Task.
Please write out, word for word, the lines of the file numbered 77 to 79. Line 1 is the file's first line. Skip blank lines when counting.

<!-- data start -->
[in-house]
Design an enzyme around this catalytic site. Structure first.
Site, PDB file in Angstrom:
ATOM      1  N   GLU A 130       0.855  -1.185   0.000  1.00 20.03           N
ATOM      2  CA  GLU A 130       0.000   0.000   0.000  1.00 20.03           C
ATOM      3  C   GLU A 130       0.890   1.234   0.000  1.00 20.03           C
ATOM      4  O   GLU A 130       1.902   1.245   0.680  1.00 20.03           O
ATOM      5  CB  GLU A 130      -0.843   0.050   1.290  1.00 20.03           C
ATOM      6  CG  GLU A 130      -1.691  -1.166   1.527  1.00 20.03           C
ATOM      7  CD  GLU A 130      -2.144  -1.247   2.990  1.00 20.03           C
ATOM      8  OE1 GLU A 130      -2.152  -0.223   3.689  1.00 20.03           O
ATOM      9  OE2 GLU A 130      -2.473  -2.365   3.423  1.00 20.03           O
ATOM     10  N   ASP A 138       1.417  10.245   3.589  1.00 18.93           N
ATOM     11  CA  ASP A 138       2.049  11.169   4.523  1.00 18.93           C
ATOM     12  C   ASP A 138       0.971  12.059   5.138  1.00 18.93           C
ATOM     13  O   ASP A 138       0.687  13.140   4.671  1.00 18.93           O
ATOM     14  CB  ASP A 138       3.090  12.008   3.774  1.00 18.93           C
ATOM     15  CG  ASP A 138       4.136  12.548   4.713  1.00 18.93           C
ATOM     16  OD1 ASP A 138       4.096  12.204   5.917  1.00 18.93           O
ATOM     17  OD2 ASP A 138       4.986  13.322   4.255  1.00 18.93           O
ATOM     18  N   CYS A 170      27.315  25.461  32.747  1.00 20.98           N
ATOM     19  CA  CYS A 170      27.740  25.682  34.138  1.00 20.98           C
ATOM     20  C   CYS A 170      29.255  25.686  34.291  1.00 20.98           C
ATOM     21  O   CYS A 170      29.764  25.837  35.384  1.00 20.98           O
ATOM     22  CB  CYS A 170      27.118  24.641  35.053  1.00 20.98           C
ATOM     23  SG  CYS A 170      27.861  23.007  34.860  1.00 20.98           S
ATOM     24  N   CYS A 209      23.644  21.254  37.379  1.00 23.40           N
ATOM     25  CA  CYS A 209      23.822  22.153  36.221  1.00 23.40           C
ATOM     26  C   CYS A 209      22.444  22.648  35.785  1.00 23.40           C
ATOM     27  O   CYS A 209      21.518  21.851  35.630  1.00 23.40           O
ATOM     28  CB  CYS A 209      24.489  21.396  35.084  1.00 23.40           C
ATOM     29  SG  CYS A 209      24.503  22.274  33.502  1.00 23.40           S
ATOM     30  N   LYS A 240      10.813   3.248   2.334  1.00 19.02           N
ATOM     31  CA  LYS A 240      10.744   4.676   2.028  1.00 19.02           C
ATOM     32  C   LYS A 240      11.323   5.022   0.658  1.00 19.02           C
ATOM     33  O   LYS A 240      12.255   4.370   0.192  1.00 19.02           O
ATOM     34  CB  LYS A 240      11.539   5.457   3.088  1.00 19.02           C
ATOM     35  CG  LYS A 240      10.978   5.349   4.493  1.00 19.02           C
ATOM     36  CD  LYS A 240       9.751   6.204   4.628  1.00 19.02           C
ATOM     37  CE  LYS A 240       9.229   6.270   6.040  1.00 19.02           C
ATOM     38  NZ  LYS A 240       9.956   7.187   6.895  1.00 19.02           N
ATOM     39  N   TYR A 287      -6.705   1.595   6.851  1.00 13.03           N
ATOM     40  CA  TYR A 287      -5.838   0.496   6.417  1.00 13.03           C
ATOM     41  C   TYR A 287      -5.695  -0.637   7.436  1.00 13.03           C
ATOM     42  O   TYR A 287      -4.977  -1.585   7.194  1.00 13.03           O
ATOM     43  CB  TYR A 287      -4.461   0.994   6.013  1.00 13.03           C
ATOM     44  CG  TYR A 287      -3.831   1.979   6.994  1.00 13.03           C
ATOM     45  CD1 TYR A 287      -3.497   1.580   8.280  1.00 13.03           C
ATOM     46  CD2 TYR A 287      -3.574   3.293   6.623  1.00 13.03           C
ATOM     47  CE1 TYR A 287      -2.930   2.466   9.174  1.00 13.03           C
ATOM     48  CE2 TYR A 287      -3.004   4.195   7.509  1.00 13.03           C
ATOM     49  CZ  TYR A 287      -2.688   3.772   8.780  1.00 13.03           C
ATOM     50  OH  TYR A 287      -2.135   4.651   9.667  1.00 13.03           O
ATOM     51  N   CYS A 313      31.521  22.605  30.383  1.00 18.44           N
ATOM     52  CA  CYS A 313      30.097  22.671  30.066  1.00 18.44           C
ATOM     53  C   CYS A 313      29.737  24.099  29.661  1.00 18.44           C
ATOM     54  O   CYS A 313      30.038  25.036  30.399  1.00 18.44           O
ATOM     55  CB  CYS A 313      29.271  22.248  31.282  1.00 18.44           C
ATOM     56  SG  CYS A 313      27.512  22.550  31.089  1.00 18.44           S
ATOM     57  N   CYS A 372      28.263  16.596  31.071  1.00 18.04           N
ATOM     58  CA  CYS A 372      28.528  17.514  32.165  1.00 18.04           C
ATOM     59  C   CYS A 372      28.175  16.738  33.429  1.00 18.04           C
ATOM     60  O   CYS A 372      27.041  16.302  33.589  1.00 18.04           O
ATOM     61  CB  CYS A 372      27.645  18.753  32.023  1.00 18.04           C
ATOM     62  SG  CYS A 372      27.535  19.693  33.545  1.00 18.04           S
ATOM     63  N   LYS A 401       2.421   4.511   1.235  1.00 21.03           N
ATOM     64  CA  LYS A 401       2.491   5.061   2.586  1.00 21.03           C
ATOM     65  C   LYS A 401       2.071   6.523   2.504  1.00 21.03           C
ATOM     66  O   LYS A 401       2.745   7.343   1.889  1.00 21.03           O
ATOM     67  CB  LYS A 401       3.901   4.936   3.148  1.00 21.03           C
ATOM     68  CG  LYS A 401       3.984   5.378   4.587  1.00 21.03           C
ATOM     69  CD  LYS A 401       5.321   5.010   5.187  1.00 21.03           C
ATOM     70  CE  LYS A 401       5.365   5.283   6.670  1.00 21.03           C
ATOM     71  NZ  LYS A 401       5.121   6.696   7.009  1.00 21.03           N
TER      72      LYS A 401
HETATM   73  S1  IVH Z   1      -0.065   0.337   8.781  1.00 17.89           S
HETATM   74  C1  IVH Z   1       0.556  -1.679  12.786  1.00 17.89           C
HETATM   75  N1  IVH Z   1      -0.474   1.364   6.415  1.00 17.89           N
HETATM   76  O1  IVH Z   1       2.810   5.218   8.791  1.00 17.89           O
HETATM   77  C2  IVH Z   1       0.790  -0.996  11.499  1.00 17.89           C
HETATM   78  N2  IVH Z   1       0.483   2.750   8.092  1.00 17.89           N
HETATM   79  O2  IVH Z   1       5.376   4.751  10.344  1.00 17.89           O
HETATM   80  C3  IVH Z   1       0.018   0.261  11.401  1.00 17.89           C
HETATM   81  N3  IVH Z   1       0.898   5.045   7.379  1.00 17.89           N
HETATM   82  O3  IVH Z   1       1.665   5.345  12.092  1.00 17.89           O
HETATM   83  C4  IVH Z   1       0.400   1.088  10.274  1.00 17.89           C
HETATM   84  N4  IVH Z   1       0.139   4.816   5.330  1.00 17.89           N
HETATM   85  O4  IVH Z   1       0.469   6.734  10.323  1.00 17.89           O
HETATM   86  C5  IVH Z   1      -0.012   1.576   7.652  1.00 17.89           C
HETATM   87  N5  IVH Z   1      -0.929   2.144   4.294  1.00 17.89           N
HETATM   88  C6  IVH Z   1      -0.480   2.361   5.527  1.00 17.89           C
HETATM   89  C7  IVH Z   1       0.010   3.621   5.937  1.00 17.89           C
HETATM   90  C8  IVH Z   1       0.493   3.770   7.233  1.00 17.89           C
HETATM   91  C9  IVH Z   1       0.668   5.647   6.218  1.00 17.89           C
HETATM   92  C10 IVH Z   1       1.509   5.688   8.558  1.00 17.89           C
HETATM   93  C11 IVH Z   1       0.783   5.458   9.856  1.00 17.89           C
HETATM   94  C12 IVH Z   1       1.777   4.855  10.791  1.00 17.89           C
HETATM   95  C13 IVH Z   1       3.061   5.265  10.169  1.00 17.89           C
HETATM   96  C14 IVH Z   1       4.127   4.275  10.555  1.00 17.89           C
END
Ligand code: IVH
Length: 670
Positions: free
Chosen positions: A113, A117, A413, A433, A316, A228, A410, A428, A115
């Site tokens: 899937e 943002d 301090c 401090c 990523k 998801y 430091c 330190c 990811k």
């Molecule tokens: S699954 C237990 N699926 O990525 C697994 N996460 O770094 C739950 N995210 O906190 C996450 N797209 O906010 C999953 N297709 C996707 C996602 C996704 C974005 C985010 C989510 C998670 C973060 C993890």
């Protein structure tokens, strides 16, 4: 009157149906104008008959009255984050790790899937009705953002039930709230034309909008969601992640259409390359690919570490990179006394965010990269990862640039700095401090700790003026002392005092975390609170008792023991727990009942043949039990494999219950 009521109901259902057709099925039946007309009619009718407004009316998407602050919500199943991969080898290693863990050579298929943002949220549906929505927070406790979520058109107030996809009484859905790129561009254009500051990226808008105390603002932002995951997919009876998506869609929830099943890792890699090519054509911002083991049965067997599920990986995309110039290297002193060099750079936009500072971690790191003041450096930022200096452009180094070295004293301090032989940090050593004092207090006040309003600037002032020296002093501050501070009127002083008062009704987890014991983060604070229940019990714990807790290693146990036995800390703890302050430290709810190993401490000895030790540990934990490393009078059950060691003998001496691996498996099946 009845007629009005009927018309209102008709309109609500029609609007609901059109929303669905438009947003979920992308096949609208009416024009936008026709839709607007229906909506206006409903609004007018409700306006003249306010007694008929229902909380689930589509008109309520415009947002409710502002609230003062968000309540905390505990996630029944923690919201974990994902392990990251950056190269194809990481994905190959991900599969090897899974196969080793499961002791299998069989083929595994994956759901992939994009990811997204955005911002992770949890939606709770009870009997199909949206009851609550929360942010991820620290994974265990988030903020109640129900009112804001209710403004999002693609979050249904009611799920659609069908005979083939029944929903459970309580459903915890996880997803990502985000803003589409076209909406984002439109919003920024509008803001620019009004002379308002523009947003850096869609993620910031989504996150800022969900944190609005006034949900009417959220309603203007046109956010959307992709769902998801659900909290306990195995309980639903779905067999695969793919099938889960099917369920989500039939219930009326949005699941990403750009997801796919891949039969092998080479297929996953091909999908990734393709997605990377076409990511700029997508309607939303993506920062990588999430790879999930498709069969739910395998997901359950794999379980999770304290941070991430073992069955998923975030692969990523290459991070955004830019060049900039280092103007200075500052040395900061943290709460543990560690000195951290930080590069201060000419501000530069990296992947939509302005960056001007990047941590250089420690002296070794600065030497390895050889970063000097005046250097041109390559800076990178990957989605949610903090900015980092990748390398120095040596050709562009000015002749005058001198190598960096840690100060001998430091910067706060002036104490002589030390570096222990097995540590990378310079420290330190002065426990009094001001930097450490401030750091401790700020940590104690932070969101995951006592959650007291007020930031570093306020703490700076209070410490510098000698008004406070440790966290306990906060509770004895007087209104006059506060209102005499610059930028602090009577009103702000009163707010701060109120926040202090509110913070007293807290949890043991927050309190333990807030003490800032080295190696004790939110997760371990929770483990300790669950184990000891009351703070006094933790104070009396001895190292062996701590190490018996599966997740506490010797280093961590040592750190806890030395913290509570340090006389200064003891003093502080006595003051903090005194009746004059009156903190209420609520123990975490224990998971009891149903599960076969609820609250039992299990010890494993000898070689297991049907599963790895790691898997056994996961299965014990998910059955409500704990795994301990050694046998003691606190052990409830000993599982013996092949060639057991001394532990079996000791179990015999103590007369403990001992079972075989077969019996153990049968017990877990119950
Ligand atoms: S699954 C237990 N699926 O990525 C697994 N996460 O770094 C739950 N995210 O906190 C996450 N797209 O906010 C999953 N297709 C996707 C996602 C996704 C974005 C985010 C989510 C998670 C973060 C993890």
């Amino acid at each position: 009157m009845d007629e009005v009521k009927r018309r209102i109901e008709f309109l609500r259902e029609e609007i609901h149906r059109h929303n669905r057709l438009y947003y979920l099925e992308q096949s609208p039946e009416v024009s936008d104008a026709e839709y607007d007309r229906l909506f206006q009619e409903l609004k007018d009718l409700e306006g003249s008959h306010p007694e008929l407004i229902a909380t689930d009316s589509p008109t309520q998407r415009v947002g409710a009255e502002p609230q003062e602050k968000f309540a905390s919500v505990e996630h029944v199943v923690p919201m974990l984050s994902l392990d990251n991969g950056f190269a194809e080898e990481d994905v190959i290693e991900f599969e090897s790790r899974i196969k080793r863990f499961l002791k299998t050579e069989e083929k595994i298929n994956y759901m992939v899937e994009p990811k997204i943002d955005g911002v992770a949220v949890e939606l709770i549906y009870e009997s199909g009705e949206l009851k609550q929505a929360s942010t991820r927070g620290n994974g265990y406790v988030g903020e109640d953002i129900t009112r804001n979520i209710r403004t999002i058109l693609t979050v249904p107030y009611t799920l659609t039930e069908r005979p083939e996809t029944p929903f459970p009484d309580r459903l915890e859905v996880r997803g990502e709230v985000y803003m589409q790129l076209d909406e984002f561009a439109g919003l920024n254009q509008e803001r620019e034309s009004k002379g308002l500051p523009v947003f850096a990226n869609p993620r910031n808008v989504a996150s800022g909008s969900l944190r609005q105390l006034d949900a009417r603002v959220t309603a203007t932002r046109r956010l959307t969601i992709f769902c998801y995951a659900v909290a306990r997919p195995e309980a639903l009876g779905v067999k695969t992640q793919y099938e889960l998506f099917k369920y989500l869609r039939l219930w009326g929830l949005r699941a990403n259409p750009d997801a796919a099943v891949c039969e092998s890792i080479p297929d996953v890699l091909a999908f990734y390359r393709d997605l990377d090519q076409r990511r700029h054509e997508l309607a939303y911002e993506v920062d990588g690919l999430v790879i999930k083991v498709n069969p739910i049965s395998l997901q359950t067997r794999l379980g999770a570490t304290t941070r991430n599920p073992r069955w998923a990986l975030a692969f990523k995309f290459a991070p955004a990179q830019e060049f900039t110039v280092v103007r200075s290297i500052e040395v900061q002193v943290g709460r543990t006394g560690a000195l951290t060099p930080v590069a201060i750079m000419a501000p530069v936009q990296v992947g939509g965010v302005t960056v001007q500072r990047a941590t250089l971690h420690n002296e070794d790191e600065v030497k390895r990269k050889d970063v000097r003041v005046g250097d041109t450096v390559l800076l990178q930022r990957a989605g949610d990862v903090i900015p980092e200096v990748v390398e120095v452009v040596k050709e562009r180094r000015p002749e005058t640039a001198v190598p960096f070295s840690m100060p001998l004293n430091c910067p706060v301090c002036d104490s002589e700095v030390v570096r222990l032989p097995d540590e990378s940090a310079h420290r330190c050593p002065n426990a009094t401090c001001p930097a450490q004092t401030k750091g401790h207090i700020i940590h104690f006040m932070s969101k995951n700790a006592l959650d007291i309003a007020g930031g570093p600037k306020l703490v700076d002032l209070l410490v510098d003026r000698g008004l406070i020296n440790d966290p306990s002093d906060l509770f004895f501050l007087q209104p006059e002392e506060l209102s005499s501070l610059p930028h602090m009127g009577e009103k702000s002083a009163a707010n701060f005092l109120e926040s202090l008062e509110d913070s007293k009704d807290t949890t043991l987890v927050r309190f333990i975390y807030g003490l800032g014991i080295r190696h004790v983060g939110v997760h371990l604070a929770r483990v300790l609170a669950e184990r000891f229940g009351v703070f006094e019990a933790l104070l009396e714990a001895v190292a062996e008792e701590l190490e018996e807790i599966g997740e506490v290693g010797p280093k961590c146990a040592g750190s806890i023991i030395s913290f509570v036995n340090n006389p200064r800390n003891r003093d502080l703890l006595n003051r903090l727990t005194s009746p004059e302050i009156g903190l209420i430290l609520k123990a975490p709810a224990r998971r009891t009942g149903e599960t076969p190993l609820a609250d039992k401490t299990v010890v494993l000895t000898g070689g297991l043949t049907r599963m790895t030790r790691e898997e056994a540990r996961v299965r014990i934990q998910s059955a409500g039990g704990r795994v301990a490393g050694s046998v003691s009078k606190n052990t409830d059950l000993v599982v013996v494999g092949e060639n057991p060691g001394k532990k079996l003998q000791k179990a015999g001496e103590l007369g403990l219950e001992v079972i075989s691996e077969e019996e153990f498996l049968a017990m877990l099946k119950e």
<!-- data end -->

HETATM   74  C1  IVH Z   1       0.556  -1.679  12.786  1.00 17.89           C
HETATM   75  N1  IVH Z   1      -0.474   1.364   6.415  1.00 17.89           N
HETATM   76  O1  IVH Z   1       2.810   5.218   8.791  1.00 17.89           O